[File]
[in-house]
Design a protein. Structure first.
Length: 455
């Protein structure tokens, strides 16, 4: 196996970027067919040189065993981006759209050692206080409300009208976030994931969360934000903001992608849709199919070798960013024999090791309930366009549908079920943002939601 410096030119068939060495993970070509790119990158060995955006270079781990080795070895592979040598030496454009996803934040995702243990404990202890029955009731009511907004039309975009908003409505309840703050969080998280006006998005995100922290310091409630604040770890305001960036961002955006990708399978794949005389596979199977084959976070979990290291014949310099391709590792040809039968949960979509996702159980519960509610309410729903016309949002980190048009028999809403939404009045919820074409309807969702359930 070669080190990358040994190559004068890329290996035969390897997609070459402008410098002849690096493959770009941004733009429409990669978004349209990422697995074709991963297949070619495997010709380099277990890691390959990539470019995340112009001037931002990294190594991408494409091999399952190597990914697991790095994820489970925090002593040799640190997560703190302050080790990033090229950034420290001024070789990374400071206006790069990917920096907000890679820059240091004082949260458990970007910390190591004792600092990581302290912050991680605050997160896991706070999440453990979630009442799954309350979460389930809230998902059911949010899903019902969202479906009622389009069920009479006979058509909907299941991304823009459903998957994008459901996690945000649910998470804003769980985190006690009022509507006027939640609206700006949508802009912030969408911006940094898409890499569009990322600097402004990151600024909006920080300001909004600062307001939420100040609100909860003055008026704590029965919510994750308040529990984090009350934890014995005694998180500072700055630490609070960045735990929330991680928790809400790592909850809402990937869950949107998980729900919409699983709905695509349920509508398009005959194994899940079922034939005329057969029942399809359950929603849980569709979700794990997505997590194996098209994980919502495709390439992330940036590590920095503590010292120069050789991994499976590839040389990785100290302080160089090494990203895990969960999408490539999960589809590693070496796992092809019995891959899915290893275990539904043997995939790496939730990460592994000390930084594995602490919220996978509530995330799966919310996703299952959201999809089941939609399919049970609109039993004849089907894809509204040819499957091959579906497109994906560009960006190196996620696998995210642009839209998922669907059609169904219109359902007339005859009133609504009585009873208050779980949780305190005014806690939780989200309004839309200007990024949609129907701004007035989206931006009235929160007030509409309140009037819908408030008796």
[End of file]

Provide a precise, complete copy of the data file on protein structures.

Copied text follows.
[in-house]
Design a protein. Structure first.
Length: 455
């Protein structure tokens, strides 16, 4: 196996970027067919040189065993981006759209050692206080409300009208976030994931969360934000903001992608849709199919070798960013024999090791309930366009549908079920943002939601 410096030119068939060495993970070509790119990158060995955006270079781990080795070895592979040598030496454009996803934040995702243990404990202890029955009731009511907004039309975009908003409505309840703050969080998280006006998005995100922290310091409630604040770890305001960036961002955006990708399978794949005389596979199977084959976070979990290291014949310099391709590792040809039968949960979509996702159980519960509610309410729903016309949002980190048009028999809403939404009045919820074409309807969702359930 070669080190990358040994190559004068890329290996035969390897997609070459402008410098002849690096493959770009941004733009429409990669978004349209990422697995074709991963297949070619495997010709380099277990890691390959990539470019995340112009001037931002990294190594991408494409091999399952190597990914697991790095994820489970925090002593040799640190997560703190302050080790990033090229950034420290001024070789990374400071206006790069990917920096907000890679820059240091004082949260458990970007910390190591004792600092990581302290912050991680605050997160896991706070999440453990979630009442799954309350979460389930809230998902059911949010899903019902969202479906009622389009069920009479006979058509909907299941991304823009459903998957994008459901996690945000649910998470804003769980985190006690009022509507006027939640609206700006949508802009912030969408911006940094898409890499569009990322600097402004990151600024909006920080300001909004600062307001939420100040609100909860003055008026704590029965919510994750308040529990984090009350934890014995005694998180500072700055630490609070960045735990929330991680928790809400790592909850809402990937869950949107998980729900919409699983709905695509349920509508398009005959194994899940079922034939005329057969029942399809359950929603849980569709979700794990997505997590194996098209994980919502495709390439992330940036590590920095503590010292120069050789991994499976590839040389990785100290302080160089090494990203895990969960999408490539999960589809590693070496796992092809019995891959899915290893275990539904043997995939790496939730990460592994000390930084594995602490919220996978509530995330799966919310996703299952959201999809089941939609399919049970609109039993004849089907894809509204040819499957091959579906497109994906560009960006190196996620696998995210642009839209998922669907059609169904219109359902007339005859009133609504009585009873208050779980949780305190005014806690939780989200309004839309200007990024949609129907701004007035989206931006009235929160007030509409309140009037819908408030008796």